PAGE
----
>>[From: Misha Wolf [SMTP:firstname.lastname@example.org]]
>>[Sent: Thursday, February 06, 1997 7:32 AM]
>>>These work excellently, for the most part, with MSIE 3.0. After
>>>loading them, I could view the separate announcements in Simplified
>>>and Traditional Chinese, Japanese, and Romanian. However, the Russian
>>>page didn't work at all, and I'm not sure why. The Central European
>>>service pack includes several Cyrillic fonts, which I believe are
>>>encoded as ISO 8859-5, but MSIE 3.0 doesn't appear to recognize that
>>>encoding declaration. It also can't deal with the all-language pages
>>>in either UTF-8 or NCRs.
>>IE 3.0 supports neither ISO 8859-5 nor Unicode. Both of these will,
>>I hope, be supported by IE 4.0.
>You can assume that.
>>>Does anyone have an explanation of how MSIE is able to convince the OS
>>>to deal with these encodings, especially the non-8859 ones? WordPad
>>>can differentiate between the differently encoded fonts, but Word
>>>doesn't even get that far. I'd like to be able to take advantage of
>>>this capability, but I can't figure out what it's doing. More
>>>monopolistic practices, I suspect...
>The Multilanguage Support installs the appropriate code page on your system
>plus a font that contains the necessary glyphs. The content of the
>Pan-European Support package is essentially the same as what gets installed
>when using Win95's Multilanguage option in Win95 SETUP. The content of the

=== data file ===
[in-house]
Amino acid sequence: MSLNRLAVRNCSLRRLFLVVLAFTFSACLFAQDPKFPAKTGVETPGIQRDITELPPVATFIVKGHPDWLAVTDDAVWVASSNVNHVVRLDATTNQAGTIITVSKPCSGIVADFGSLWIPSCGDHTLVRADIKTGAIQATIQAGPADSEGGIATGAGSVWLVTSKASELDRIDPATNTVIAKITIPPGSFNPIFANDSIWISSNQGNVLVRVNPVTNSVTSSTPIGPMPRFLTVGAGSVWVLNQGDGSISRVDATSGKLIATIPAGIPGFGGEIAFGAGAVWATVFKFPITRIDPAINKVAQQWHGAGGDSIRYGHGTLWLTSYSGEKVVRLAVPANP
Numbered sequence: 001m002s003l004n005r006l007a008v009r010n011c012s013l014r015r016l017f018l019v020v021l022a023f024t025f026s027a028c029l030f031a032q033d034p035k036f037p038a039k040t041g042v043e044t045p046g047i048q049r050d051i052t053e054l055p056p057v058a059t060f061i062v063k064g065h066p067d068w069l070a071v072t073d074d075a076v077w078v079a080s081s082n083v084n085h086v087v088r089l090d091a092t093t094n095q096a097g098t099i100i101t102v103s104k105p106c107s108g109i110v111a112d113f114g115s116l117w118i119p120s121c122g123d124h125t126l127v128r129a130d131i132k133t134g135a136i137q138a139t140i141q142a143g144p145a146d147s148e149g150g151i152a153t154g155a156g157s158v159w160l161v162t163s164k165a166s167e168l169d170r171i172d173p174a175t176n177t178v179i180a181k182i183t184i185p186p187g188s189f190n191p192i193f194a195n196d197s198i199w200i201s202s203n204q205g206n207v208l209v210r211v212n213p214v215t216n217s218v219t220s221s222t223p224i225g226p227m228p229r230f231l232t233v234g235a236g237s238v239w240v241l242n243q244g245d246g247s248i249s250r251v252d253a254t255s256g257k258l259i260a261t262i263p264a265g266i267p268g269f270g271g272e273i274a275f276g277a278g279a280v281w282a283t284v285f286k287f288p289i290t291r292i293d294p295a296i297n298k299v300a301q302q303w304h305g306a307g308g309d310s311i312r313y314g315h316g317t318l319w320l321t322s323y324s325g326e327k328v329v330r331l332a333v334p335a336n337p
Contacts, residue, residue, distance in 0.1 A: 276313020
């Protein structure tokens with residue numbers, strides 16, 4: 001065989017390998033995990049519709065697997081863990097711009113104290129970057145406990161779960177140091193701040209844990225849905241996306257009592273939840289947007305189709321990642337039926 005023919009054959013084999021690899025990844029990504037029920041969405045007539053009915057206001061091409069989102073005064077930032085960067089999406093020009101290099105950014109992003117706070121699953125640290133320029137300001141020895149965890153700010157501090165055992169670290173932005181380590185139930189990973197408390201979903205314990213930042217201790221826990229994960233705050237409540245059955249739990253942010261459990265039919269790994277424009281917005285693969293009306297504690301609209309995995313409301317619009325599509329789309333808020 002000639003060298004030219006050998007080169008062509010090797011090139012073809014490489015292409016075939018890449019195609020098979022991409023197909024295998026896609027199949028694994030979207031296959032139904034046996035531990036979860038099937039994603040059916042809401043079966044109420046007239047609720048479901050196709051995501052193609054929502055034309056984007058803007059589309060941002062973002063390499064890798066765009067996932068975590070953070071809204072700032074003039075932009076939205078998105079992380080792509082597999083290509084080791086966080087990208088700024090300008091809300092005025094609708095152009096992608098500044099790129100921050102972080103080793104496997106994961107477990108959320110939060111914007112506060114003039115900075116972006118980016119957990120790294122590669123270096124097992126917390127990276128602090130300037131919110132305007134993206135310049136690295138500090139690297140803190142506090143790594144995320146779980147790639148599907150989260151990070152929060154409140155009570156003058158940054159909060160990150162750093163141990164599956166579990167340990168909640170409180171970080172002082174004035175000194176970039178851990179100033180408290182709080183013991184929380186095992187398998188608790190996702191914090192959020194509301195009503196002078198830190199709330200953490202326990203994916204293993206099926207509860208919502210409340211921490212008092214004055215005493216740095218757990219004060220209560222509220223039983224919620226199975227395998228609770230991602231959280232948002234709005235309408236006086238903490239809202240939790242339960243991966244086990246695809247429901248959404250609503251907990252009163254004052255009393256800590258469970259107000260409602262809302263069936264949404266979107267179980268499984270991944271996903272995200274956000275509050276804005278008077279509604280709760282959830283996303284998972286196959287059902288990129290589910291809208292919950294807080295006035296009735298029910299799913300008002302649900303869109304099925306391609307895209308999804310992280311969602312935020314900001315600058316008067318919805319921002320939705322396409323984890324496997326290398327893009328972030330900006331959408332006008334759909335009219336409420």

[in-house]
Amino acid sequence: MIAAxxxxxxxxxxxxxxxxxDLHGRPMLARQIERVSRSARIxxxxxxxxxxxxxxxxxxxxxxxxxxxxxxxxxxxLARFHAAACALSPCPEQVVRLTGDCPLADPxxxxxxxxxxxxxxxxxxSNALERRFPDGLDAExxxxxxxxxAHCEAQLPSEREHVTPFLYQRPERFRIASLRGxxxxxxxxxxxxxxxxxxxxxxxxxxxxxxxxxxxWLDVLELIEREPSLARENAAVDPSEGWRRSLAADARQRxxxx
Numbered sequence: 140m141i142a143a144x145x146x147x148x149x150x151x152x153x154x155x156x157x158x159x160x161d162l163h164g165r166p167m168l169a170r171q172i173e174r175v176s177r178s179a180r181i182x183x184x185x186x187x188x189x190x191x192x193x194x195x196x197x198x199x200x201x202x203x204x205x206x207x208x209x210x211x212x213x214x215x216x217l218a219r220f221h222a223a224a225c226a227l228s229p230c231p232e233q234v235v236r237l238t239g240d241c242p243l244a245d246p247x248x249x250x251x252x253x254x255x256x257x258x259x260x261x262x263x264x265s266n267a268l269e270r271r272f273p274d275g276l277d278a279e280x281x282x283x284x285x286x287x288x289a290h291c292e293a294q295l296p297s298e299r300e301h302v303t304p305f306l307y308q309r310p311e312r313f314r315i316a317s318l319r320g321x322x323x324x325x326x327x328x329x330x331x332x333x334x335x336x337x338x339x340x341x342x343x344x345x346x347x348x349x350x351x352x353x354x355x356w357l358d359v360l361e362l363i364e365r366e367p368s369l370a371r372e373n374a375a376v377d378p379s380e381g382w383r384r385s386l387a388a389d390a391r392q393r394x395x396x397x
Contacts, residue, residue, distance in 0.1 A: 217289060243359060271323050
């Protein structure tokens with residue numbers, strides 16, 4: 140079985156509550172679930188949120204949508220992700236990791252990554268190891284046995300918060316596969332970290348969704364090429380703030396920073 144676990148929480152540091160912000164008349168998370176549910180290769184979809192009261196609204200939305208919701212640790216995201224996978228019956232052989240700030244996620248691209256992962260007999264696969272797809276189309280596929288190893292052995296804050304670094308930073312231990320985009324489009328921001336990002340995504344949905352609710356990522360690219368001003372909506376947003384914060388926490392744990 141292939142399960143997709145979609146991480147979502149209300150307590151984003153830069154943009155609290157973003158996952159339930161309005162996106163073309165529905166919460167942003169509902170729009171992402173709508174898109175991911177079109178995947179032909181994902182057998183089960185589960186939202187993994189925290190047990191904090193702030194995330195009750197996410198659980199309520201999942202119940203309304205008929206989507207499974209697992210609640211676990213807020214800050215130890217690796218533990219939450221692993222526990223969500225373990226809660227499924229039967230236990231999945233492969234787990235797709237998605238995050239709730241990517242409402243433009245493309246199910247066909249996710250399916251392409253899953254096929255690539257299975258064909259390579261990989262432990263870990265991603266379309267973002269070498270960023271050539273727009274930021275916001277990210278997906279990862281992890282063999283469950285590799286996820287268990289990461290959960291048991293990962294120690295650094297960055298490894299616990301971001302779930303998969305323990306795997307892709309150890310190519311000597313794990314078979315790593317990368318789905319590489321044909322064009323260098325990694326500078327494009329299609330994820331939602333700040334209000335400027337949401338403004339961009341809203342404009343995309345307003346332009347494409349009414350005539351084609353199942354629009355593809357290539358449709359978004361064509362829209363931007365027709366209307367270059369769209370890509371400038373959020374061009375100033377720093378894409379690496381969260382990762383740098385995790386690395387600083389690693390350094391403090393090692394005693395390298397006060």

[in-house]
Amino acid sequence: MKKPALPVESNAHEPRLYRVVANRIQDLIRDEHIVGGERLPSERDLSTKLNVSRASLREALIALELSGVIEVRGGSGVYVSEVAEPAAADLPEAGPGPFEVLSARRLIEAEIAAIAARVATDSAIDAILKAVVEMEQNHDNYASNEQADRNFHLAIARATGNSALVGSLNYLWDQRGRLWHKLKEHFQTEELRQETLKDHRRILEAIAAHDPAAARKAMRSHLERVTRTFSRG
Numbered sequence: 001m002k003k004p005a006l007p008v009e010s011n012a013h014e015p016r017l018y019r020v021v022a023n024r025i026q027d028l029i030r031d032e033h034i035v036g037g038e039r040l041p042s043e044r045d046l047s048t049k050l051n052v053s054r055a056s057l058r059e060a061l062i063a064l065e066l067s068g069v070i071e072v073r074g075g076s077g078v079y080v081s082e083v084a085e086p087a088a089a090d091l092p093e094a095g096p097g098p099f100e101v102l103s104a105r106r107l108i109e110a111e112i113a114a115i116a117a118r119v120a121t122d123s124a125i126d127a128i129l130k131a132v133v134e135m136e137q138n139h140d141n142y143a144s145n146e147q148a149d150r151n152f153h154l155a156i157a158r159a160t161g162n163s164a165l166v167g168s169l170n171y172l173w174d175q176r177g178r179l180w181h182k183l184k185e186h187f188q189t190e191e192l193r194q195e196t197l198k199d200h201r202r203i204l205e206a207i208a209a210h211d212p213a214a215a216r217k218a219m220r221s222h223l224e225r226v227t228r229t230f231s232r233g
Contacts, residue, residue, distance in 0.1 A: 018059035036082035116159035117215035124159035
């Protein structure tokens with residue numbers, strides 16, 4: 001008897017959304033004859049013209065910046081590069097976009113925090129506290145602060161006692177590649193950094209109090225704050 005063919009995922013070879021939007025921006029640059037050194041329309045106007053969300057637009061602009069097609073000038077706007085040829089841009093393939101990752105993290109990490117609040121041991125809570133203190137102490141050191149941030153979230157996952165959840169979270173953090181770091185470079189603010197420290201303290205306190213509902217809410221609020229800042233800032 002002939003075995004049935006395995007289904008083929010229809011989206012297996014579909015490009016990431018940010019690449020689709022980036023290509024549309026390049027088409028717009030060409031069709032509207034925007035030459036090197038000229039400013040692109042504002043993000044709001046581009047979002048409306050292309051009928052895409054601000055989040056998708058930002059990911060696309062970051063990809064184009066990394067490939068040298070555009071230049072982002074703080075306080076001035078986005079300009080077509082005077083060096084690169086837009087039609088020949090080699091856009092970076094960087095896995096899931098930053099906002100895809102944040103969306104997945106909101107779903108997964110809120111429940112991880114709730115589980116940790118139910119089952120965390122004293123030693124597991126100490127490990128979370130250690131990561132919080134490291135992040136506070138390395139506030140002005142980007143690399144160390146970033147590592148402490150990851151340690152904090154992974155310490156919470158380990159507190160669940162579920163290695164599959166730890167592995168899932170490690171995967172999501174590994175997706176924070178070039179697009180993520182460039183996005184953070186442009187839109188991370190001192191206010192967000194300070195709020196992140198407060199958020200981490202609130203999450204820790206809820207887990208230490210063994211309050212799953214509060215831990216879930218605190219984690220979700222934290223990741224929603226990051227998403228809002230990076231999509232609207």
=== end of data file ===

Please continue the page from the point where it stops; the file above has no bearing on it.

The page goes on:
>Asian Multilanguage support files is the Windows codepage for that region
>plus a font. The code pages of all the Multilanguage support packs installed
>are accessible to everyone via Win32 APIs that take code page IDs. Working
>with all European, Cyrillic, Turkish and Baltic characters is possible using
>any standard Win32 API.
>However, to output Chinese or Japanese or Korean characters on a non-native
>Windows 95, you need to use Win32 Unicode APIs.
>Here is a piece of text from the Globalization Resource Kit of the Microsoft
>Developer Network CD that explains which those are:
If you want to base your application on Unicode and run it on Windows
95, you need to translate string parameters to local character sets
before calling API functions. (The only wide character APIs that handle
Unicode on Windows 95 are TextOutW, ExtTextOutW, GetCharWidthW,
GetTextExtentW, and GetTextExtentPointW.)
The API for translating strings from Unicode into the system's default
local character set is WideCharToMultiByte. When you receive
string-based information from Windows 95, you need to translate it into
Unicode by calling MultiByteToWideChar before working with it.
Obviously translating strings to and from Unicode every time you call an
API that takes string parameters adds overhead to your program. It's up
to you to weigh the pros and cons of this approach to suit your
It is all documented somewhere, sometimes it is just hard to find...
Program Manager, Microsoft Corp.
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